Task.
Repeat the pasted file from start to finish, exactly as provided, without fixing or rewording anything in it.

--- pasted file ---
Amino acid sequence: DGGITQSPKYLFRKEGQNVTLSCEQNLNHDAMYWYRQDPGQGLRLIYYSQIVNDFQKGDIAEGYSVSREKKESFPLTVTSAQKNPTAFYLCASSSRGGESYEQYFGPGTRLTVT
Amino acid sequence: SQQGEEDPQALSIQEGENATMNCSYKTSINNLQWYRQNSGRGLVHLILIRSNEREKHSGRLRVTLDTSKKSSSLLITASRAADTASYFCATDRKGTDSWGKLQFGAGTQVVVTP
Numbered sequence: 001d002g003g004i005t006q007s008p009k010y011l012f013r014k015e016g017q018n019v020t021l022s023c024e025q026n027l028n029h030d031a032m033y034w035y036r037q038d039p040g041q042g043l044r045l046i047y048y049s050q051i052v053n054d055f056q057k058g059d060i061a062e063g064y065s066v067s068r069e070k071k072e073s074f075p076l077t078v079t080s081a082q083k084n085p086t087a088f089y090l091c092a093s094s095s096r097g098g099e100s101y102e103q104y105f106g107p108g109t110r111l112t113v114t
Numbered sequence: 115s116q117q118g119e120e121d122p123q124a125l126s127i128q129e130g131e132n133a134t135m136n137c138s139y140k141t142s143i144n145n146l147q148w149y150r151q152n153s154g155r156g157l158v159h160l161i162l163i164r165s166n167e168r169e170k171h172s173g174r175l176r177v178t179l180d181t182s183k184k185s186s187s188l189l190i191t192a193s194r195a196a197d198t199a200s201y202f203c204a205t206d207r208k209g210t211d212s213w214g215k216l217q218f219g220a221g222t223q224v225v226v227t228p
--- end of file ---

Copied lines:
Amino acid sequence: DGGITQSPKYLFRKEGQNVTLSCEQNLNHDAMYWYRQDPGQGLRLIYYSQIVNDFQKGDIAEGYSVSREKKESFPLTVTSAQKNPTAFYLCASSSRGGESYEQYFGPGTRLTVT
Amino acid sequence: SQQGEEDPQALSIQEGENATMNCSYKTSINNLQWYRQNSGRGLVHLILIRSNEREKHSGRLRVTLDTSKKSSSLLITASRAADTASYFCATDRKGTDSWGKLQFGAGTQVVVTP
Numbered sequence: 001d002g003g004i005t006q007s008p009k010y011l012f013r014k015e016g017q018n019v020t021l022s023c024e025q026n027l028n029h030d031a032m033y034w035y036r037q038d039p040g041q042g043l044r045l046i047y048y049s050q051i052v053n054d055f056q057k058g059d060i061a062e063g064y065s066v067s068r069e070k071k072e073s074f075p076l077t078v079t080s081a082q083k084n085p086t087a088f089y090l091c092a093s094s095s096r097g098g099e100s101y102e103q104y105f106g107p108g109t110r111l112t113v114t
Numbered sequence: 115s116q117q118g119e120e121d122p123q124a125l126s127i128q129e130g131e132n133a134t135m136n137c138s139y140k141t142s143i144n145n146l147q148w149y150r151q152n153s154g155r156g157l158v159h160l161i162l163i164r165s166n167e168r169e170k171h172s173g174r175l176r177v178t179l180d181t182s183k184k185s186s187s188l189l190i191t192a193s194r195a196a197d198t199a200s201y202f203c204a205t206d207r208k209g210t211d212s213w214g215k216l217q218f219g220a221g222t223q224v225v226v227t228p